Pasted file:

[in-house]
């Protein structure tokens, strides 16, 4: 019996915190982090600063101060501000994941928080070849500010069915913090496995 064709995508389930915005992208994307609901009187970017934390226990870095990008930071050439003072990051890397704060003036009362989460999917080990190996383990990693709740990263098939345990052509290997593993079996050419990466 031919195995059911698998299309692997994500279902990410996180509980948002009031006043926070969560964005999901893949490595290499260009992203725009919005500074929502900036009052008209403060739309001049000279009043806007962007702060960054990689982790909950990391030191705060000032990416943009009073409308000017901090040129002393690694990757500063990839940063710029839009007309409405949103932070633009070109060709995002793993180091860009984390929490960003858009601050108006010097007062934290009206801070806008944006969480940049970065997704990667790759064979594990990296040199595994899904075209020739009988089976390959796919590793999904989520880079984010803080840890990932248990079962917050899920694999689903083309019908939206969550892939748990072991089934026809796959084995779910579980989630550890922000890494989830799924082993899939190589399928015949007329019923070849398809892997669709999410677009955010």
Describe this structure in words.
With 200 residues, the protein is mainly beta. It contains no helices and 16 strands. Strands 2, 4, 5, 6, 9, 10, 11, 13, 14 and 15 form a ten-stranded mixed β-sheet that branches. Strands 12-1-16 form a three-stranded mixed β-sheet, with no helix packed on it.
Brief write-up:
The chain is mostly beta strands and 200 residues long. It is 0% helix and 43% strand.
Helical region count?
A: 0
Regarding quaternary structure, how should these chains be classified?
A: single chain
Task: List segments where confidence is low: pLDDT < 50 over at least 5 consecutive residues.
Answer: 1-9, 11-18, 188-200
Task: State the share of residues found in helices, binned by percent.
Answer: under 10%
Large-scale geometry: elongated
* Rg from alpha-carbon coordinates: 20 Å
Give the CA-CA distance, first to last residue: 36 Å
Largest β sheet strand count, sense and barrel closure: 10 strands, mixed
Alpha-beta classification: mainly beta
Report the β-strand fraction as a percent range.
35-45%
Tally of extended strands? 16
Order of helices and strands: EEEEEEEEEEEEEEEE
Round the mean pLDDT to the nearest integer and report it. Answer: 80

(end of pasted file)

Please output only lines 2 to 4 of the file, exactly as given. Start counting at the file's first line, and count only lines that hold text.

């Protein structure tokens, strides 16, 4: 019996915190982090600063101060501000994941928080070849500010069915913090496995 064709995508389930915005992208994307609901009187970017934390226990870095990008930071050439003072990051890397704060003036009362989460999917080990190996383990990693709740990263098939345990052509290997593993079996050419990466 031919195995059911698998299309692997994500279902990410996180509980948002009031006043926070969560964005999901893949490595290499260009992203725009919005500074929502900036009052008209403060739309001049000279009043806007962007702060960054990689982790909950990391030191705060000032990416943009009073409308000017901090040129002393690694990757500063990839940063710029839009007309409405949103932070633009070109060709995002793993180091860009984390929490960003858009601050108006010097007062934290009206801070806008944006969480940049970065997704990667790759064979594990990296040199595994899904075209020739009988089976390959796919590793999904989520880079984010803080840890990932248990079962917050899920694999689903083309019908939206969550892939748990072991089934026809796959084995779910579980989630550890922000890494989830799924082993899939190589399928015949007329019923070849398809892997669709999410677009955010």
Describe this structure in words.
With 200 residues, the protein is mainly beta. It contains no helices and 16 strands. Strands 2, 4, 5, 6, 9, 10, 11, 13, 14 and 15 form a ten-stranded mixed β-sheet that branches. Strands 12-1-16 form a three-stranded mixed β-sheet, with no helix packed on it.